Trump Tariffs’ Challenges May Take a Long Time in Trade CourtBy
President citing national security needs is controversial
U.S. courts’ role in global dispute is likely to be limited
Foreign nations and domestic customers harmed by President Donald Trump’s steel and aluminum tariffs, announced Thursday, shouldn’t expect swift justice through legal venues.
Countries can complain to the Geneva-based World Trade Organization, triggering a dispute-settlement process that’s designed to encourage member nations to smooth stormy trade relations instead of pursuing all-or-nothing litigation. Countries may claim the tariffs aren’t based on a true national security need, as Trump said while announcing the tariffs.
If there is no settlement, countries may request a panel of arbitrators that determines whether a violation has occurred. After review and appeal, which typically takes one to two years, the WTO can tell a country to stop violating the rules. If it doesn’t, the WTO can authorize a wronged nation to put in place its own retaliatory trade barriers.
The WTO ruled against temporary steel tariffs imposed by President George W. Bush in 2002. Bush initially said he’d keep the tariffs in place, but then backed down in the face of threatened EU retaliation.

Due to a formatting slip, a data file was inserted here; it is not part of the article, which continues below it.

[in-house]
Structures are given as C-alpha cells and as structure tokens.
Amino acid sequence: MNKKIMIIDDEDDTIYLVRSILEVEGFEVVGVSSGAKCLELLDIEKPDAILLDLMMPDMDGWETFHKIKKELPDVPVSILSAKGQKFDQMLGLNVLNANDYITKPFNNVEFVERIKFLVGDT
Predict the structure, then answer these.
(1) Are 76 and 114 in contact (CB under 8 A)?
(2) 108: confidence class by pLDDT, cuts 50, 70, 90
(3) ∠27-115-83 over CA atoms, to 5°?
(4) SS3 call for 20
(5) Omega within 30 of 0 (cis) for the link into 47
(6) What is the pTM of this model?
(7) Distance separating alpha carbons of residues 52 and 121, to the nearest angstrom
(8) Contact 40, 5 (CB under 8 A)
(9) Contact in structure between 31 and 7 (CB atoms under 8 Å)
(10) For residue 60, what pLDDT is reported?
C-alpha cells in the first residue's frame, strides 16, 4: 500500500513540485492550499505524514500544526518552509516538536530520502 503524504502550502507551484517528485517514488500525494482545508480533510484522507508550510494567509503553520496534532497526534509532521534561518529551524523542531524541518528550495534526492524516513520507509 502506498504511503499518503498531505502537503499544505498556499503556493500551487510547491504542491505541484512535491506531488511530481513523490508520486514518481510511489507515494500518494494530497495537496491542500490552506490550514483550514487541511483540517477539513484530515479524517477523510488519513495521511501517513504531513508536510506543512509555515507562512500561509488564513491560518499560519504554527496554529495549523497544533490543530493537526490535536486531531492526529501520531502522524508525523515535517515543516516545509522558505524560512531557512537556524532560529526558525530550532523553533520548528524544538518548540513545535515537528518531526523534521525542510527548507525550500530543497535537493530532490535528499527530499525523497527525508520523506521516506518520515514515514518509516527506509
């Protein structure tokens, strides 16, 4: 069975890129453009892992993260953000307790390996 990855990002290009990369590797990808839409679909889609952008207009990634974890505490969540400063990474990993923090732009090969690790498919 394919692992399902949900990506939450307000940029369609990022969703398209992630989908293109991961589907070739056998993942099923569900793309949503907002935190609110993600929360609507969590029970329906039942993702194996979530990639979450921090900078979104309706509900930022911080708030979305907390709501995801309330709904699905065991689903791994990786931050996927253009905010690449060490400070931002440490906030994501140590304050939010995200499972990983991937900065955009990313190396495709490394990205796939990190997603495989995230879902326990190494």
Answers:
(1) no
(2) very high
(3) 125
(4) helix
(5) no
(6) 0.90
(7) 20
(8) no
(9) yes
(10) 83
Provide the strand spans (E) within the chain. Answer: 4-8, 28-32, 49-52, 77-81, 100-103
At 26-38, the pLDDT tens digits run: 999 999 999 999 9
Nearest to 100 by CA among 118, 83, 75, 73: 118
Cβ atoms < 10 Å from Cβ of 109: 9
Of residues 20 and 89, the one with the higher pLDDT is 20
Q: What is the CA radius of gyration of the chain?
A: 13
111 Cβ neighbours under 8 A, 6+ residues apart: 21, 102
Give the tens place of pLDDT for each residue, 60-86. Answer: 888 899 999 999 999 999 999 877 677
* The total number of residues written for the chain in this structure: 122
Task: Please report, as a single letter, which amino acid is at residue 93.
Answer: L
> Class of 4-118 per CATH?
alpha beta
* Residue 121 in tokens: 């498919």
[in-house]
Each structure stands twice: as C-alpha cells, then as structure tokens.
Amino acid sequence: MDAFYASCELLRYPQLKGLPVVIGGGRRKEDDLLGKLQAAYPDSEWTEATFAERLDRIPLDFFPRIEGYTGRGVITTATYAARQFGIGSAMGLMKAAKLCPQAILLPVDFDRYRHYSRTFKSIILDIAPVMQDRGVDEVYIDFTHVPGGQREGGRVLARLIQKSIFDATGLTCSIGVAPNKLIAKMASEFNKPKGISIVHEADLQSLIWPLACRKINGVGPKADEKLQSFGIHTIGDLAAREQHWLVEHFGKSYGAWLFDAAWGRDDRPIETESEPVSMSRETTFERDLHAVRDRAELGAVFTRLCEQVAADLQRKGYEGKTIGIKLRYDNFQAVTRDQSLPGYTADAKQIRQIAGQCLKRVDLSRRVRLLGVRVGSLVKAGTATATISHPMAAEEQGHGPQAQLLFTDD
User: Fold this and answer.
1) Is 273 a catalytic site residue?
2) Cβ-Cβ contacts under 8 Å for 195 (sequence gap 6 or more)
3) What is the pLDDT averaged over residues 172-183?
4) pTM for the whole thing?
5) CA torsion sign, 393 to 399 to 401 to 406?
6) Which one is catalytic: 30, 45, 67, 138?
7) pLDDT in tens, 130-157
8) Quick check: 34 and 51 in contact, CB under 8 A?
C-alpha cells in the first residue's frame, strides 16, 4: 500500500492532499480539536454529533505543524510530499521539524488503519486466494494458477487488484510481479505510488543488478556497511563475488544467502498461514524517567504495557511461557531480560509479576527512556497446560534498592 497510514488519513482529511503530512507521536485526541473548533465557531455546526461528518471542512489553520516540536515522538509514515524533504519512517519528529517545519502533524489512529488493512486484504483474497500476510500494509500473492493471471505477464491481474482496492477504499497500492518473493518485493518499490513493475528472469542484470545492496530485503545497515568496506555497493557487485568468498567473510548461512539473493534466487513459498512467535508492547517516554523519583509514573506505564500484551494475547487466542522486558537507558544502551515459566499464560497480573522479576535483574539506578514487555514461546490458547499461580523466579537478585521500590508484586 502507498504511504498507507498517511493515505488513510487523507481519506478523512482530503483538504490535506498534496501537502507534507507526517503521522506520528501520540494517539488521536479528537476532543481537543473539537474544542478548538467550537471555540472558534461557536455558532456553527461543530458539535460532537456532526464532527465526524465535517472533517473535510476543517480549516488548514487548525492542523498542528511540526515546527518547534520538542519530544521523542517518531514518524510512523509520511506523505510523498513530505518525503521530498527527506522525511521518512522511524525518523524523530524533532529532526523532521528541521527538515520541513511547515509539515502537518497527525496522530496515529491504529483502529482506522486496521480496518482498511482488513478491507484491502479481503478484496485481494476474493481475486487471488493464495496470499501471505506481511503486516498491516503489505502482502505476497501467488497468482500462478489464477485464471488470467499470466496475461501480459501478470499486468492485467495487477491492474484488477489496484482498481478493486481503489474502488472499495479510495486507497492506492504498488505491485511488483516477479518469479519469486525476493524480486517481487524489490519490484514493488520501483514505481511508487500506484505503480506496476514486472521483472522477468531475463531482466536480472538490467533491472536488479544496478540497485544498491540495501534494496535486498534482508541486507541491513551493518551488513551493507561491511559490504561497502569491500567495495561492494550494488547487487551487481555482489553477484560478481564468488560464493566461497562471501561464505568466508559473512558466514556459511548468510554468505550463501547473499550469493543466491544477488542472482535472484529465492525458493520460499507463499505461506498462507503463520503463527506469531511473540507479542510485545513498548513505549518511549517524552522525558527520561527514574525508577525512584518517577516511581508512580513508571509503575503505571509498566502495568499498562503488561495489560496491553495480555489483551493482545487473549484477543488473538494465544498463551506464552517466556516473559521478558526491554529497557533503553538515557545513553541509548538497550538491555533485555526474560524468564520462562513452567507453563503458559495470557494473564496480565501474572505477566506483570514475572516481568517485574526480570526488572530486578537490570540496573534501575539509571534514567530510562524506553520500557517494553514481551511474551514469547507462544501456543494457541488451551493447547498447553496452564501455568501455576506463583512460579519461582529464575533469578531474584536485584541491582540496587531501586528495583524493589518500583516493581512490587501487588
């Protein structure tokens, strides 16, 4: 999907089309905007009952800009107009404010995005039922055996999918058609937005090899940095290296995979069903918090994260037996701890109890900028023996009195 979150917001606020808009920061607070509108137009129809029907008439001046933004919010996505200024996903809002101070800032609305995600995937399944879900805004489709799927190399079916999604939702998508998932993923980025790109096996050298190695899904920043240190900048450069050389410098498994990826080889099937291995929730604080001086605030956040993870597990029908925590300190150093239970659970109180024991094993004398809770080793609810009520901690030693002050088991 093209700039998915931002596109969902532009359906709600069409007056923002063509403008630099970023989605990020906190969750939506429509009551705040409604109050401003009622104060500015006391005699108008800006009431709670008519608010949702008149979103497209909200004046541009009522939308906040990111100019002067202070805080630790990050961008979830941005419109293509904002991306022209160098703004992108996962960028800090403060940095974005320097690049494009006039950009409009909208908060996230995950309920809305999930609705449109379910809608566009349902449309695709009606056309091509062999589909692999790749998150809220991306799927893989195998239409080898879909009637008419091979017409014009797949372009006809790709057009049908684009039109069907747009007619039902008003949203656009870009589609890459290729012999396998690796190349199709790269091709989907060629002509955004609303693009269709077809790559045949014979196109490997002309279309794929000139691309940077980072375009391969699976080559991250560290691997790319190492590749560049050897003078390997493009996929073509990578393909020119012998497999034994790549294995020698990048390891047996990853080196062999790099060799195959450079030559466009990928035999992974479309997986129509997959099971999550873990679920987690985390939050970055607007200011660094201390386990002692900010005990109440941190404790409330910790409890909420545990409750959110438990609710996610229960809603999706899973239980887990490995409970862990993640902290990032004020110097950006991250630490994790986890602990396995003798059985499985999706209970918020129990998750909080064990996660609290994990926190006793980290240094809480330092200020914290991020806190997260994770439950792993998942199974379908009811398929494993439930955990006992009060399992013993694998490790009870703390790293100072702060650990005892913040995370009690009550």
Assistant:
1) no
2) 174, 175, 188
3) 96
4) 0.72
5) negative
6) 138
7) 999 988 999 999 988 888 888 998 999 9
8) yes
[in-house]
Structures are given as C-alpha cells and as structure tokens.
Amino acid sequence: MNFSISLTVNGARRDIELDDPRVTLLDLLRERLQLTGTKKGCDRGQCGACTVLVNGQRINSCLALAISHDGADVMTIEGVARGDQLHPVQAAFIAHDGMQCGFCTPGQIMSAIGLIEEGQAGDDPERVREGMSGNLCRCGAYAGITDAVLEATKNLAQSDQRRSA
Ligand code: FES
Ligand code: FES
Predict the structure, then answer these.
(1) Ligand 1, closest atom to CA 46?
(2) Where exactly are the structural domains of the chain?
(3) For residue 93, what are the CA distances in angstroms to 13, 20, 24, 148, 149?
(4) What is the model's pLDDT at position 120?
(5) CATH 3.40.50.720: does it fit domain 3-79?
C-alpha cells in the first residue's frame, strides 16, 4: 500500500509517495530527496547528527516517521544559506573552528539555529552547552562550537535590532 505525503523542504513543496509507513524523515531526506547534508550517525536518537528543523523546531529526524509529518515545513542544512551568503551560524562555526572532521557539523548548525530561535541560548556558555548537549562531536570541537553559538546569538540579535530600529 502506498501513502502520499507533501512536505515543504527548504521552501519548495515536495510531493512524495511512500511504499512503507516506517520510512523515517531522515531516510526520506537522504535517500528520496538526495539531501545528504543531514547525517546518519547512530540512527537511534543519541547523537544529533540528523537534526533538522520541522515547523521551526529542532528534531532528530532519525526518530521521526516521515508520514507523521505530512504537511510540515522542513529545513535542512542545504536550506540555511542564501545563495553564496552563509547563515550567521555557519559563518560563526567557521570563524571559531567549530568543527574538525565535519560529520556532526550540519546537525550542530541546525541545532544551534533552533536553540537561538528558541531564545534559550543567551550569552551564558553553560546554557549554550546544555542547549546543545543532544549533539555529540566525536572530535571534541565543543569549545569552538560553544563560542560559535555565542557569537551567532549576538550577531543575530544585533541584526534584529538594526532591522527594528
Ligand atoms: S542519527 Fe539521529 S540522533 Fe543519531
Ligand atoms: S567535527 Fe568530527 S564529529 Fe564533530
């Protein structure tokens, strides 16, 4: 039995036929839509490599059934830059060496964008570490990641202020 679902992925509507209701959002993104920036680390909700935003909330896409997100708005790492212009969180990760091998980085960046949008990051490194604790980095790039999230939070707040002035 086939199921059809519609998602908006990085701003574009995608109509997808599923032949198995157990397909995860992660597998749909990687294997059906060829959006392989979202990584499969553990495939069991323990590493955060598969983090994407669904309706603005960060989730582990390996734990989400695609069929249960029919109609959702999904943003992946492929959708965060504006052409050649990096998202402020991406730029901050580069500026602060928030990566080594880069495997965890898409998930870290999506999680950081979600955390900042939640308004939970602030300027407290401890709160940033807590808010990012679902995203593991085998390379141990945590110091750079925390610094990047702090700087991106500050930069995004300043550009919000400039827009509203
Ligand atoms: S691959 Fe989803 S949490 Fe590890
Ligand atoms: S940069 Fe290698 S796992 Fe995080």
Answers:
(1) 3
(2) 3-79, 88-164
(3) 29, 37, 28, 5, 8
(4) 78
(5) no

Wronged nations often choose their retaliation target for maximum symbolic or political effect. The EU has threatened it may go after blue jeans, agricultural products, bourbon from Senate Majority leader Mitch McConnell’s home state of Kentucky and motorcycles made by Harley Davidson Inc., which is headquartered in House Speaker Paul Ryan’s Wisconsin.
The WTO process is limited to member countries. Industrial buyers in the U.S. that make products out of steel and aluminum -- soda cans, airplanes, construction materials, cars and trucks, home appliances -- have fewer legal options.
Trump is invoking Section 232 of the Trade Expansion Act of 1962, a U.S. law that allows him to take action against imports that "threaten to impair the national security." The provision lines up with Article XXI of the General Agreement on Tariffs and Trade, which exempts actions that protect a nation’s "essential security interests."
Critics claim Trump’s use of a national security exception is abusive and a possible threat to the WTO system if it creates a precedent for countries to dress up protectionist policies as national security measures.
Companies can sue in U.S. courts to block the tariffs, but experts say they are unlikely to succeed, because of the president’s broad powers under Section 232. Their best shot to challenge the tariffs in court would be to claim the administration failed to follow established procedures.